Category Archives: Counseling

Help My Denial!

augustine1

IN the latest Towers paper for Southern Seminary, Jeff Robinson asks Tripp about his anthropological view.

He asks: Why do Christians so often get the doctrine of man wrong? Don’t you think we often overestimate our own holiness and in so doing, we underestimate our need for God’s grace?

Tripp’s response: It is very hard for me to embrace that what I see in the mirror of the Word of God is actually me. I think that much of evangelicalism is people looking into the mirror and denying what they actually see. I think that’s a huge struggle.

I lived for years in my marriage as an angry man and I was deeply persuaded that the problem in my marriage was a wife who was discontent. The reality was that the Bible elaborately described what I was struggling with, but I couldn’t believe that it was me. I was so convinced that I was better than I actually was. . . . There is something dramatically wrong with me (emphasis added).

How true is it that when we are confronted by sin from our spouse, our first reaction is disbelief or blame shifting? We do not assume FIRST that we are in the wrong. If we had a healthy view of ourselves, we would start there and then look for external issues that would contribute to our attitudes and words.

This is what Augustine was primarily concerned with in his Confessions. He writes regarding his former life with the Manichees:

In Rome I did not part company with those would-be saints, who were such frauds both to themselves and to others. . . . I still thought that it was not we who sin but some other nature that sins within us. It flattered my pride to think that I incurred no guilt and, when I did wrong, not to confess it so that you might bring healing to a soul that had sinned against you. I preferred to excuse myself and blame this unknown thing which was in me but was not part of me.The truth, of course, was that it was all my own self, and my own impiety had divided me against myself. My sin was all the more incurable because I did not think myself a sinner. It was abominable wickedness to prefer to defeat your ends and lose my soul rather than submit to you and gain salvation.  [Confessions 5.10]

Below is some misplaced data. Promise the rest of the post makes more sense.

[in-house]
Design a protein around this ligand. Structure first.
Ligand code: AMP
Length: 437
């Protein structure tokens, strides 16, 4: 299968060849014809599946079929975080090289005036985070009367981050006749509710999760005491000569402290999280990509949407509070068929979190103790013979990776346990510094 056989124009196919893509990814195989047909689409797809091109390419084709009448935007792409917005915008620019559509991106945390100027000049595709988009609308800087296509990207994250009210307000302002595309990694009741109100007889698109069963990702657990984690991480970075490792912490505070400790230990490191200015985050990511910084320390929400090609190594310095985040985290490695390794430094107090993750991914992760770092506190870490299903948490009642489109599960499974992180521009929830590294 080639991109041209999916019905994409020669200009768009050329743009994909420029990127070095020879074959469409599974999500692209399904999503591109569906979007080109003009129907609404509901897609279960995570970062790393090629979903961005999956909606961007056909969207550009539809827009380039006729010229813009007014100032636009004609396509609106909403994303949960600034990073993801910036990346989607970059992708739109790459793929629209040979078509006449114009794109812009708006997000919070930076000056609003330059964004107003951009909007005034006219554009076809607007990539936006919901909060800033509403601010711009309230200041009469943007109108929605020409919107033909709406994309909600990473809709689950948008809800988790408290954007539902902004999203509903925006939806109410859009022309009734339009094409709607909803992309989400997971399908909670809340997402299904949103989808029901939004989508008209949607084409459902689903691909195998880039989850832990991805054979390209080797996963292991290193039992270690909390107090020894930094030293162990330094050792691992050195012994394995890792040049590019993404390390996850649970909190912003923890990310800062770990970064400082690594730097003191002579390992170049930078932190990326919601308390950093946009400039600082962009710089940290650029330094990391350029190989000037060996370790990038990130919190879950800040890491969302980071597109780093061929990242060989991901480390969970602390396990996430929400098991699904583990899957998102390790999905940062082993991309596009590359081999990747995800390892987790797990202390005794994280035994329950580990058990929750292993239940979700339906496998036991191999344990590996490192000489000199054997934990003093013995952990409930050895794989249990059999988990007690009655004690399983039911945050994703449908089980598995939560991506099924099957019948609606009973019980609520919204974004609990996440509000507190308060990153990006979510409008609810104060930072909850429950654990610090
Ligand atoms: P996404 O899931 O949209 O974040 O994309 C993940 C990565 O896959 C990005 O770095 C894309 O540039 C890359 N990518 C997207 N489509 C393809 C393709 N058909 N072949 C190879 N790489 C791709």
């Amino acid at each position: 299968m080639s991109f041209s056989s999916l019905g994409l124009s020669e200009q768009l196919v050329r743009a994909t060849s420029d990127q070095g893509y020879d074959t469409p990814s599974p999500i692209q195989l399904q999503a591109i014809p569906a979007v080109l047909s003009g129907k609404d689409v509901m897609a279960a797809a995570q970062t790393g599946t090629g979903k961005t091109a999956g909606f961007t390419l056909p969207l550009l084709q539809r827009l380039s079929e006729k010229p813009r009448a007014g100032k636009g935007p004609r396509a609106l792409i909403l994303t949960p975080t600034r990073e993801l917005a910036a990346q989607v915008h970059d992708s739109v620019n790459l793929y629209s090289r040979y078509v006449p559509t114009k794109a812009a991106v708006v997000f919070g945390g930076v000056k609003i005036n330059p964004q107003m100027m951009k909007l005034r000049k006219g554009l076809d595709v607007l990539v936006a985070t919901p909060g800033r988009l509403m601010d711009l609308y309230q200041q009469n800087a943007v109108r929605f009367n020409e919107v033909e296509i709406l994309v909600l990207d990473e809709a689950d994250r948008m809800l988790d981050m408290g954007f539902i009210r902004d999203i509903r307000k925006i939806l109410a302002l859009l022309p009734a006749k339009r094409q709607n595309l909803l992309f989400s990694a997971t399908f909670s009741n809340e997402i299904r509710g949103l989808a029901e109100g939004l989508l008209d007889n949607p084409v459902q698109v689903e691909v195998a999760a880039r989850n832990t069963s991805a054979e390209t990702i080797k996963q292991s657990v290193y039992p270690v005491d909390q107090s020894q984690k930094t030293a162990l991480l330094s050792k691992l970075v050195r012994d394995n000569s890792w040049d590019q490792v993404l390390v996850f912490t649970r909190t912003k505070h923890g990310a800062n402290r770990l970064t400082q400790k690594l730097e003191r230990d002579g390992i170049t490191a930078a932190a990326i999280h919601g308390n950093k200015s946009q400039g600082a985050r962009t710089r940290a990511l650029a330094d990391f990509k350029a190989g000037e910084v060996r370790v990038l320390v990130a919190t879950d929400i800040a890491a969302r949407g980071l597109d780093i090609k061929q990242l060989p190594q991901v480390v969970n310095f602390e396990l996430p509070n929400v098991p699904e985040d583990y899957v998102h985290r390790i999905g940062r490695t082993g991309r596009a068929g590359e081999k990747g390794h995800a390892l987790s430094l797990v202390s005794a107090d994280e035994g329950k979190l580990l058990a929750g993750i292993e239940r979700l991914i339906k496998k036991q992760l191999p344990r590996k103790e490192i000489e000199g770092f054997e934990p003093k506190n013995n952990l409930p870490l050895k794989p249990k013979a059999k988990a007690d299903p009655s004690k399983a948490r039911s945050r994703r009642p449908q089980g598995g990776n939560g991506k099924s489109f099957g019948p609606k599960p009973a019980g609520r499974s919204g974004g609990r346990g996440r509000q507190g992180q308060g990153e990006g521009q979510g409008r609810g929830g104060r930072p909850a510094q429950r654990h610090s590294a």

And so may we not be accused of committing abominable sins, but may we be quick to confess our sin and save our soul.

{Entire Tripp Interview in .pdf}

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Filed under Books & Media, Christian Living, Counseling, Family | Parenting, Quotations

Multi-Faceted Blessings

Godliness, while not guaranteed to change the original situation, often had an effect for good on the world. . . . The possibilities for the many-sided blessings of God are endless. Instead of my day being ruined, God has extricated me from sin and misery, and this is perhaps one of the most significant days in my life from the standpoint of growing into the image of Christ. I’ve learned how life works in God’s world. I’ve learned how the gospel works. I’ve learned profound lessons in a very tiny corner of life.

– David Powlison, Anger, 25.

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Question #8 Answer

What are the consequences of faith and obedience? We’ve already mentioned some of the subjective benefits. More objectively, maybe a dented fender or even a killing was prevented. Somebody else was kept from stumbling into sinful anger or murder on my account. And in the half dozen cars around me, maybe my courtesy and relaxed response prove catching.